As epic movies go, The Fall didn’t make much money ($3.2 million). Yet it is unforgettable, one of the most beautiful films I have ever seen. Director Tarsem Singh funded the film from his earnings making commercials and music videos, and he clung tenaciously to his own artistic vision. The result was a negative critical reception at the Toronto Film Festival and serious setbacks finding a distributor. The problem? Nobody knew what demographic to market it to. It didn’t fit the mold.
It seems to me that the natural audience for this film is adult women. (Apparently we do not constitute a real demographic in the eyes of studio moguls.) It features Very Beautiful Men, exotic locations, romance, whimsy, tears, and a kind, curious, mischievous little girl. Here is a summary by Damon Wise of The Guardian:
[The Fall is] a dazzling, funny and surprisingly emotional fantasy about a little girl named Alexandria (Catinca Untaru, then six) who befriends a bedridden stuntman named Roy (Lee Pace) in a 1920s California hospital. Roy is suicidal after a love affair has gone wrong, and to cajole the little girl into stealing deadly morphine for him he spins her a long-winded yarn about an evil governor and the five mythic heroes (including a masked bandit, Charles Darwin and a freed slave) who pursue him.
Can you imagine what the studios would have done with this? First, they would get rid of the little girl. The mythic heroes would need superpowers. There would have to be a LOT more explosions. And why waste time and money on so many beautiful, dreamlike panoramas when you could have a wild car chase through the streets of Delhi, and use CGI to create the fantasy sequences?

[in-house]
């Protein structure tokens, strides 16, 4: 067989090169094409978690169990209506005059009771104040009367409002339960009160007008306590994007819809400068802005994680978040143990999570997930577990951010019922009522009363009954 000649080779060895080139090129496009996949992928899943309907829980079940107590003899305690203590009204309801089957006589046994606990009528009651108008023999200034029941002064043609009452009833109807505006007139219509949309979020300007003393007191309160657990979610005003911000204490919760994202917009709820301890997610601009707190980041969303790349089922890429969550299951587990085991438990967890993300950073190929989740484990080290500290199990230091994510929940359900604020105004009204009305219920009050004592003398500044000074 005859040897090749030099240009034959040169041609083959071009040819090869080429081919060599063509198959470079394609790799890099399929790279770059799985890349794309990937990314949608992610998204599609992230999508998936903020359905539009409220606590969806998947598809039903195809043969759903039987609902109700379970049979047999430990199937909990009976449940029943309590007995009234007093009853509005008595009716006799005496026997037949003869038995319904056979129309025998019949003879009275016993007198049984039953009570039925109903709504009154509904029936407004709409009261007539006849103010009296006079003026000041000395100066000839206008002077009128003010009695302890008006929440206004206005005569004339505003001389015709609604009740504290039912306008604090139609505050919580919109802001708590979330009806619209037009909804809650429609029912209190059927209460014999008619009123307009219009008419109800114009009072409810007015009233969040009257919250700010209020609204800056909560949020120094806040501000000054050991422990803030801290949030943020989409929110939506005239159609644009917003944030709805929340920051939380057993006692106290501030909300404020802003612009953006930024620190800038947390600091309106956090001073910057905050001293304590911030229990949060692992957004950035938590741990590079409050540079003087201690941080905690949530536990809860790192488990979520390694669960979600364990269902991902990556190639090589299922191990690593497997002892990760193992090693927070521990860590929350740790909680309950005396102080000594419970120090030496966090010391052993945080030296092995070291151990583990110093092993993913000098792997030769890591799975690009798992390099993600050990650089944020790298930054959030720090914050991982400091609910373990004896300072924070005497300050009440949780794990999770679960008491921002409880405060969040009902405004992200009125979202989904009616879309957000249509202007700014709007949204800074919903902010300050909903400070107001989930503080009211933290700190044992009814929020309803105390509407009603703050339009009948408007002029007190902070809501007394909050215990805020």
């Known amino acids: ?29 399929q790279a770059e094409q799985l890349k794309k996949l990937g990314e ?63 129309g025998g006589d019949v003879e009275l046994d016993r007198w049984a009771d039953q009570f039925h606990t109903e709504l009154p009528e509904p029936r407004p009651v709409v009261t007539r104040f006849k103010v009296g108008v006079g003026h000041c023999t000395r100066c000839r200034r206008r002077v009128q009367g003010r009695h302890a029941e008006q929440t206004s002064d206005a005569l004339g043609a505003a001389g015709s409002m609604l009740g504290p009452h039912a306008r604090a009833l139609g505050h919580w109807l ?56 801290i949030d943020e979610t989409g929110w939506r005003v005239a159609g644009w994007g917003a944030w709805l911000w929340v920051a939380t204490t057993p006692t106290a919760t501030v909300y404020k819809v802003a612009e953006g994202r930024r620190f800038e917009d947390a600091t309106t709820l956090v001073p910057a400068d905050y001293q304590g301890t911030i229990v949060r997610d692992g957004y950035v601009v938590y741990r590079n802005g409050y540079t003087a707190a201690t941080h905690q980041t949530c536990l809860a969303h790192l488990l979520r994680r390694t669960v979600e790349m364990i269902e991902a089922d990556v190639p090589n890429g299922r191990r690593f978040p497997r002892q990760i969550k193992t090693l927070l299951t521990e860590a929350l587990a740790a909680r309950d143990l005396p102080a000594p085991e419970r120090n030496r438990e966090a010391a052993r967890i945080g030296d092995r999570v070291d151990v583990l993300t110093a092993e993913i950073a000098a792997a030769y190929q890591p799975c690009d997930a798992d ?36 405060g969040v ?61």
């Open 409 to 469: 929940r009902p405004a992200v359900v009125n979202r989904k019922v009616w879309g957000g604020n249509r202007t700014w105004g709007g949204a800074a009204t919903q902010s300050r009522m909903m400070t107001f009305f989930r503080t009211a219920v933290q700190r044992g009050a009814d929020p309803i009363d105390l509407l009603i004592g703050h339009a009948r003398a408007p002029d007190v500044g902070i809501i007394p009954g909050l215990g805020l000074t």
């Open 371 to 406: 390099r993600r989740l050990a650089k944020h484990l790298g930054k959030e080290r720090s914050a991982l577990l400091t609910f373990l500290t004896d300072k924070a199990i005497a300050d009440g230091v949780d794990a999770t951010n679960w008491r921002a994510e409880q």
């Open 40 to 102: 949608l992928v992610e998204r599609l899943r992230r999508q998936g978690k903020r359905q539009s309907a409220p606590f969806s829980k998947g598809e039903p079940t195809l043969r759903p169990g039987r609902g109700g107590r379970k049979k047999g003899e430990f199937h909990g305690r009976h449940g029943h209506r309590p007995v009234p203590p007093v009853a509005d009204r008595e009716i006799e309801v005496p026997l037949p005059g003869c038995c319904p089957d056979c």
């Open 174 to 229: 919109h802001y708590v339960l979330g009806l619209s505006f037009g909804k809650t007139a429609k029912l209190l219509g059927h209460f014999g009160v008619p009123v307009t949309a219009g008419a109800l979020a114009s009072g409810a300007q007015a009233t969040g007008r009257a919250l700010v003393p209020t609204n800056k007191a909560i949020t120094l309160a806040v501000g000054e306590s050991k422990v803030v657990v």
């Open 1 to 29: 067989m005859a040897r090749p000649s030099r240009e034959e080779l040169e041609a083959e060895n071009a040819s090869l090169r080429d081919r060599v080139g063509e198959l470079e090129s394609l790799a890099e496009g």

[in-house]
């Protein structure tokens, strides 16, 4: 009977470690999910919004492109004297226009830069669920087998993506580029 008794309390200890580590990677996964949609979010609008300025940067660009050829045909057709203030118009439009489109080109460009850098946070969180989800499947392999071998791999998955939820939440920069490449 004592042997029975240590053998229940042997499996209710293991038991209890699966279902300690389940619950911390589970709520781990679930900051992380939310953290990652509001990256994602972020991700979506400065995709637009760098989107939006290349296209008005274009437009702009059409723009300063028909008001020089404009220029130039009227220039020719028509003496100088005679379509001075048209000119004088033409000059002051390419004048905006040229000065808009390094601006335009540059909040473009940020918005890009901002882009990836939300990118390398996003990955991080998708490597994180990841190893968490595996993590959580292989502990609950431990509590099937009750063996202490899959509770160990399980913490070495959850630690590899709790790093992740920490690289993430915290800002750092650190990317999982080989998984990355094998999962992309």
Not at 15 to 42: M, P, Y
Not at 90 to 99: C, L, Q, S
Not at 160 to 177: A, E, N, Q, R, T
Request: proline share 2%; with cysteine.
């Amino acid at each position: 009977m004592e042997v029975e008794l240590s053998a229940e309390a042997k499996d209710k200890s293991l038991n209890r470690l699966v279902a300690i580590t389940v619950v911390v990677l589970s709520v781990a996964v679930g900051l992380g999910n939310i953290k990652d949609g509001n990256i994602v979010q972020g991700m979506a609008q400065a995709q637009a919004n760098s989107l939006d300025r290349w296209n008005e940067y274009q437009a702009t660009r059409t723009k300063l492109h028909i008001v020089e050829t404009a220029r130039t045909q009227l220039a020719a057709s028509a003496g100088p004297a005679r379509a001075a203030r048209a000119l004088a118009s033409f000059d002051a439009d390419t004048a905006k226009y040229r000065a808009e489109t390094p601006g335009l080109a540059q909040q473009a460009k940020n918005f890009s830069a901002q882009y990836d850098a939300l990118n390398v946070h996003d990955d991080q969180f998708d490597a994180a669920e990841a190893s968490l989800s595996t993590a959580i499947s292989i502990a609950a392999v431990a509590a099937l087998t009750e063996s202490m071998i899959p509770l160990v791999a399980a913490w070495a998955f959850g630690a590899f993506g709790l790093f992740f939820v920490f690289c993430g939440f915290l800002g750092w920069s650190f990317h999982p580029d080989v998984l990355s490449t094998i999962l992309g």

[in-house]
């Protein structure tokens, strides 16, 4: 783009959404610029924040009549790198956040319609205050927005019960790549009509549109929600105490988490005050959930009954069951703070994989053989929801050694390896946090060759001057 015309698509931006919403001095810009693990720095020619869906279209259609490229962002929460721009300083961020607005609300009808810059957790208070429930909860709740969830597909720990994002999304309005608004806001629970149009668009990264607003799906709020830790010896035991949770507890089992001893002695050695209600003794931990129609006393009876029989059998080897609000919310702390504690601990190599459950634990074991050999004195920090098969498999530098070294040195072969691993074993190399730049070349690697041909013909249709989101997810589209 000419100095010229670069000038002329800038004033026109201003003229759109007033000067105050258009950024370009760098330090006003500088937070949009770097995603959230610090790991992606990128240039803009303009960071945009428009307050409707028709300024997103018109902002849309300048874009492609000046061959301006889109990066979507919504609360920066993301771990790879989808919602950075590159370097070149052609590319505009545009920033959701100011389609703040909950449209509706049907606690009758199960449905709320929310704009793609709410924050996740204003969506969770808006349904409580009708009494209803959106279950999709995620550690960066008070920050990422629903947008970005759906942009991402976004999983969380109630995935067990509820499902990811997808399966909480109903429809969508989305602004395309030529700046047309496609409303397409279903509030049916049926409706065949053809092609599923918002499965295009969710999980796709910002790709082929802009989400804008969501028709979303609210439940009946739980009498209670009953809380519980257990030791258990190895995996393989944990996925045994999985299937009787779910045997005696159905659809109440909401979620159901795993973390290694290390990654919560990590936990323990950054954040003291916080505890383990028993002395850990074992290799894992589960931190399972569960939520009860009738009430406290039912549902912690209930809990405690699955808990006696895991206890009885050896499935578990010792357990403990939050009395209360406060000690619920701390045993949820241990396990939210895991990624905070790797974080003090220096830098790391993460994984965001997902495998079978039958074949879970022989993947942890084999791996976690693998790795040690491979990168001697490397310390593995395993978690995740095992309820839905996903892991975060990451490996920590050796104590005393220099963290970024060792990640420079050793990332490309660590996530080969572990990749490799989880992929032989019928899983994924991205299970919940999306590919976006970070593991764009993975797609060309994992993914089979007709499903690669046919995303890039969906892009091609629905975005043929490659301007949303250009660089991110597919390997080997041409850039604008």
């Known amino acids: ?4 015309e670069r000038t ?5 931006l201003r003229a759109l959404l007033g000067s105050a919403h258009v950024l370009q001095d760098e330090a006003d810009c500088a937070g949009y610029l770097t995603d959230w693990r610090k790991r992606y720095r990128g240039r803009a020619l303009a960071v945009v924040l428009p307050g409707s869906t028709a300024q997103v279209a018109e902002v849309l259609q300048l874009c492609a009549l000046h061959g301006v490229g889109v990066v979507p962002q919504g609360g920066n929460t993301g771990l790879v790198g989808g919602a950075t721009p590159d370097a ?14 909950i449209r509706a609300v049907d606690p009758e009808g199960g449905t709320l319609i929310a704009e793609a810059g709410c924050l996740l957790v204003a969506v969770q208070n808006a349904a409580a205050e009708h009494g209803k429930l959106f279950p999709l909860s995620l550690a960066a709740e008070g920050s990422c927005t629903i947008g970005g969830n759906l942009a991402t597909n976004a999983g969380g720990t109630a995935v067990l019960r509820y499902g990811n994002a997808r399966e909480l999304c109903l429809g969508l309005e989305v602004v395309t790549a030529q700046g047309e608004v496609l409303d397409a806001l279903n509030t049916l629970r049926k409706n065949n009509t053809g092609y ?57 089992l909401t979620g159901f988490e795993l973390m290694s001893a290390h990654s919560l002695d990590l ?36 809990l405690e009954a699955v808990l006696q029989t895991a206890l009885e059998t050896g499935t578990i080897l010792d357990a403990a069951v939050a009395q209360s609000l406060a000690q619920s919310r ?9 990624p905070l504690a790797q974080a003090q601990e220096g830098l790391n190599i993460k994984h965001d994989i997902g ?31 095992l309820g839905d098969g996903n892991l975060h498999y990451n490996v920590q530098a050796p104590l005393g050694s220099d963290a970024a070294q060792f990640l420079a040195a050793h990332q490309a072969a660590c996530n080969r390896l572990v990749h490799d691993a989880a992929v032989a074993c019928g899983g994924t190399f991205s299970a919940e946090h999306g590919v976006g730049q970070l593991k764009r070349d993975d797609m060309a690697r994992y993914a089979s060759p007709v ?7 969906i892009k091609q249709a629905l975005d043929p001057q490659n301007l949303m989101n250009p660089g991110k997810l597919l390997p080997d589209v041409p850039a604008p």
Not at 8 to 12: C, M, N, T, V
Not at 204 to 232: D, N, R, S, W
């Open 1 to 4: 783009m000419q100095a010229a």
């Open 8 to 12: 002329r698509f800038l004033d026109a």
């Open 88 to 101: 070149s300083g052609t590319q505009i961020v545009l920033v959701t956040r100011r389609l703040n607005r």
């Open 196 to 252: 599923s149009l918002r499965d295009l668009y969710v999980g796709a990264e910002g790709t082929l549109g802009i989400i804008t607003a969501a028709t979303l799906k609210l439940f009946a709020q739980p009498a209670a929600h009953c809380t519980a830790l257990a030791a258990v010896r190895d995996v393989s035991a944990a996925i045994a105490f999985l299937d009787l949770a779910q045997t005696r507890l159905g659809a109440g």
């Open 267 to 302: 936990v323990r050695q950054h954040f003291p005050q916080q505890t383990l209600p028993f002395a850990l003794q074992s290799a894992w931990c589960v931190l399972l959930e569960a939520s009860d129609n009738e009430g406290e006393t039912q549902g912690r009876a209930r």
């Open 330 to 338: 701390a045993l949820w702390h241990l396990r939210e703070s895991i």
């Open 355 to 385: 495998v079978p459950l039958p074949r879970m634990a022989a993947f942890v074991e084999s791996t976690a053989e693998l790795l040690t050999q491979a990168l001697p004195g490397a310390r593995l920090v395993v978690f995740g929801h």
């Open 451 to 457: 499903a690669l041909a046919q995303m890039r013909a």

The originality of the film can be summed up in the fact that it is about a friendship between a six year old girl and a young man in his twenties, and the story they weave, together, when both are laid up in the hospital. Imagine pitching THAT in Hollywood. Yet there are many layers to this tale, beginning with the title, “The Fall.” The first frames of the film, shot in glorious, stylized black and white, allude to the fall that put Roy in the hospital. Later in the film, little Alexandria also suffers a physical fall. But we also witness a Fall From Grace, and a Redemption.
The Fall is about the romance of filmmaking (it is set in California in the early days of silent movies). And it is about storytelling, the power of archetypal people and places and plots to move us. Most of all it is about the stories we tell ourselves. Each of us is the star in a movie we also write and direct, even if (just as in real filmmaking) things don’t always turn out as we planned.
A lot of money was spent to make this film, and it shows. Tarsem has an eye for beauty, and he spent years scouting the locations, places no CGI animator could dream up. Once you see the images, you will never forget them, most especially because they are real. Similarly, the costumes by Eiko Ishioka are exquisite.
One of the most unforgettable moments is the absurd, sublime footage of an elephant swimming in crystal blue-green waters. This was perfectly in tune with the feel of the story.
Each of the bandits has his own moment, and each is fascinating in his own right. My favorites, besides the Black Bandit, the alter ego of Roy himself, were the Indian, played by the handsome Jeetu Verma, and Leo Bill as Charles Darwin (with a pet monkey named Wallace). For all you Shakespeare lovers out there, Leo will be playing Horatio opposite Benedict Cumberbatch in the National Theatre’s upcoming production of Hamlet.
As in The Wizard of Oz, the fantasy characters also appear in the real life world of 1920s Los Angeles and the hospital where Alexandria and Roy are convalescing. I suspect there are many more allusions to classic film which went over my head.
Some found the film pretentious, but I don’t detect in it any desire to impress the audience with the obscure and profound. The core of the film lies in simple human experience: the pain of unrequited love, the passion of youth, the comforts of friendship and human contact, the innocence of children, the consolation of fantasy and dreams.
See this film for yourself. You won’t regret it.
For more caps see Barsine’s post.